The present study tests the hypothesis that specific endocrine, metabolic, and anthropometric features distinguish obese women with polycystic ovary syndrome (PCOS) who resume ovulation in response to calorie restriction and weight loss from those who do not. Fifteen obese (body mass index 39 ± 7 kg/m 2 ) hyperandrogenemic oligoovulatory patients undertook a very low calorie diet (VLCD), wherein each lost ≥10% of body weight over a mean of 6.25 mo. Body fat distribution was quantitated by magnetic resonance imaging. Hormones were measured in the morning at baseline, after 1 wk of VLCD, and after 10% weight loss. To monitor LH release, blood was sampled for 24 h at 10-min intervals before intervention and after 7 days of VLCD. Responders were defined a priori as individuals exhibiting two or more ovulatory cycles in the course of intervention, as corroborated by serum progesterone concentrations ≥18 nmol/l followed by vaginal bleeding. At baseline, responders had a higher sex hormone-binding globulin (SHBG) concentration but were otherwise indistinguishable from nonresponders. Body weight, the size of body fat depots, and plasma insulin levels declined to a similar extent in responders and nonresponders. Also, SHBG increased, and the free testosterone index decreased comparably. However, responders exhibited a significant decline of circulating estradiol concentrations (from 191 ± 82 to 158 ± 77 pmol/l, means ± SD, P = 0.037) and a concurrent increase in LH secretion (from 104 ± 42 to 140 ± 5 U·l -1 ·day -1 , P = 0.006) in response to 7 days of VLCD, whereas neither parameter changed significantly in nonresponders. We infer that evidence of retention of estradiol-dependent negative feedback on LH secretion may forecast follicle maturation and ovulation in obese patients with PCOS under dietary restriction. fertility; ovarian cycle; sex hormones; body fat distribution; gonadotropins Address for reprint requests and other correspondence: H. Pijl, Leiden Univ. Medical Center, Dept of General Internal Medicine, C1-R39, PO Box 9600, 2300 RC Leiden, The Netherlands (E-mail: email@example.com ).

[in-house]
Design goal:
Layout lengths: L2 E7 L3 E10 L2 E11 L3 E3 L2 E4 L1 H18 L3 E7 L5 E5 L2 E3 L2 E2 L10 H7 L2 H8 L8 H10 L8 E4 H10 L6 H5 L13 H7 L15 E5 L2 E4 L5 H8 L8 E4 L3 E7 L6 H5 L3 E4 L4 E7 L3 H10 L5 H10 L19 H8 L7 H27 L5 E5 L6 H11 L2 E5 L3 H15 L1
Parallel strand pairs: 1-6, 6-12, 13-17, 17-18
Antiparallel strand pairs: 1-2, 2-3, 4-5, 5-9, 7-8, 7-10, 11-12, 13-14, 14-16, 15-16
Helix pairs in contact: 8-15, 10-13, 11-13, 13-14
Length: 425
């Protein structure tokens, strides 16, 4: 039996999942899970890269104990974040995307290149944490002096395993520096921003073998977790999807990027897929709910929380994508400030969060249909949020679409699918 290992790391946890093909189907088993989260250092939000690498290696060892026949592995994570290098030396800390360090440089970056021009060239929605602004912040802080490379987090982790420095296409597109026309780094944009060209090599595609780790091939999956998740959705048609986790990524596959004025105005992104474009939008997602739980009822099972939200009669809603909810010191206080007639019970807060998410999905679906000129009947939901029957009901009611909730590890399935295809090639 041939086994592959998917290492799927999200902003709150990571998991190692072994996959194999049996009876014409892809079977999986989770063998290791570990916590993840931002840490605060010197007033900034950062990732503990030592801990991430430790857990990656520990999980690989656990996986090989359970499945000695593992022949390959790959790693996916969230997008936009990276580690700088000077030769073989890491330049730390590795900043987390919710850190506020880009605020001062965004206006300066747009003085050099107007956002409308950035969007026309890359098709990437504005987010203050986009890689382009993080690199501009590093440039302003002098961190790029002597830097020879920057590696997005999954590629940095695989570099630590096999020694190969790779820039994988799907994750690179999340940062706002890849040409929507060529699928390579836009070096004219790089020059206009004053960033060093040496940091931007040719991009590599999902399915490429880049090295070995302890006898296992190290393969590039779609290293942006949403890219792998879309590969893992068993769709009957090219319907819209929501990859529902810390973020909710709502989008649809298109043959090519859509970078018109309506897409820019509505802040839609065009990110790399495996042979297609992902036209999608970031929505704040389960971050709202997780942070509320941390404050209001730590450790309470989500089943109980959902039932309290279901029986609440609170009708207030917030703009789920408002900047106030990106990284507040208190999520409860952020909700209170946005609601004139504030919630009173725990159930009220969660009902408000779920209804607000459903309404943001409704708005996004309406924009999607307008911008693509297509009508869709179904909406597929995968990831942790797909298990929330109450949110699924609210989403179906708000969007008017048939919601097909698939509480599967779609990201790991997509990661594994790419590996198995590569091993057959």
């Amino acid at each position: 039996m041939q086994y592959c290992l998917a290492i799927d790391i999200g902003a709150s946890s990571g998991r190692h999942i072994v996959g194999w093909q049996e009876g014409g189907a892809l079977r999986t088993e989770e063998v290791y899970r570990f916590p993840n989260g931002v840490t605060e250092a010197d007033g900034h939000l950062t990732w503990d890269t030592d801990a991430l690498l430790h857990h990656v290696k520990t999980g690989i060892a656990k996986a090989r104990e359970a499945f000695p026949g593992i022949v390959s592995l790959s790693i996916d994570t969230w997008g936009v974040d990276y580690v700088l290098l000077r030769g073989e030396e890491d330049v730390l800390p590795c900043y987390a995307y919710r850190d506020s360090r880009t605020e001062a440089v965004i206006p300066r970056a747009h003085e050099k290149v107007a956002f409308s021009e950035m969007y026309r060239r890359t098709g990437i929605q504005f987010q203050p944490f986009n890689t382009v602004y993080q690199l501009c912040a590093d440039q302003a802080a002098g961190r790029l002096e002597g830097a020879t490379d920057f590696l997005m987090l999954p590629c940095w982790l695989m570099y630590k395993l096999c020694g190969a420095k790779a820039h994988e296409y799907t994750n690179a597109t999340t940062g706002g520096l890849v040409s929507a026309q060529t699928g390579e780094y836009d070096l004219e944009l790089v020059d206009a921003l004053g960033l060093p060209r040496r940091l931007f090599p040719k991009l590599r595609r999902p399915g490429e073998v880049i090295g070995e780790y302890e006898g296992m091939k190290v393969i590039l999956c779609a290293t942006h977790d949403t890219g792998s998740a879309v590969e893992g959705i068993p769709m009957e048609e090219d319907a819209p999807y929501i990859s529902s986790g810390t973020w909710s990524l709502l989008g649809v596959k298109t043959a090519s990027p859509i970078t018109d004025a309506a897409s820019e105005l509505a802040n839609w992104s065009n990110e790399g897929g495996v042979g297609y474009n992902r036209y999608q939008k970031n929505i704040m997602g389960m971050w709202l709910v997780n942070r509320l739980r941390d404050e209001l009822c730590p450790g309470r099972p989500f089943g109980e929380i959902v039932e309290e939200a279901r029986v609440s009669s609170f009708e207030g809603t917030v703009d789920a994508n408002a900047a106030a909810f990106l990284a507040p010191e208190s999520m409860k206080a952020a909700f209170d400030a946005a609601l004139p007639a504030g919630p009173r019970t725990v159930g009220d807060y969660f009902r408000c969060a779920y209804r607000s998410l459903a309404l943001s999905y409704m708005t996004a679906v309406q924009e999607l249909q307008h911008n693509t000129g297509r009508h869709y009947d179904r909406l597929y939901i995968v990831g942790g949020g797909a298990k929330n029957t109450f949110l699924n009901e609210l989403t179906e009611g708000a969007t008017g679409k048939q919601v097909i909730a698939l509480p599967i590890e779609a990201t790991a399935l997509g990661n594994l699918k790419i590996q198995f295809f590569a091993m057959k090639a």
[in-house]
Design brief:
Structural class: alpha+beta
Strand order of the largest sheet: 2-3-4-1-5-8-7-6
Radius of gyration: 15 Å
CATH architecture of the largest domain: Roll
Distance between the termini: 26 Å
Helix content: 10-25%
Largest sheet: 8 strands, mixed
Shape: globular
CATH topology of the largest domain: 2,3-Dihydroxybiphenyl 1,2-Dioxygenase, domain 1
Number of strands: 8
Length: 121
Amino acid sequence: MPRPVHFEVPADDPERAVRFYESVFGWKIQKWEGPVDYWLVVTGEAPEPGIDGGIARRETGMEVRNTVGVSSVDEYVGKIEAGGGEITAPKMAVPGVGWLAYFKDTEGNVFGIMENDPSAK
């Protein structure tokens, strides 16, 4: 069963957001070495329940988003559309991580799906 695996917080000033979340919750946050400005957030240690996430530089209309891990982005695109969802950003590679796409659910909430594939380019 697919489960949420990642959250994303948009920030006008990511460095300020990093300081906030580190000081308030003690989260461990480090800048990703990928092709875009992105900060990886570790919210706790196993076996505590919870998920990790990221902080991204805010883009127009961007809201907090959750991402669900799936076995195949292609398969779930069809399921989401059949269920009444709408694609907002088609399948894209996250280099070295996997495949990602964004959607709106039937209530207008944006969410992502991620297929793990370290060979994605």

AJP - Endocrinology and Metabolism – The American Physiological Society
Published: Apr 1, 2004
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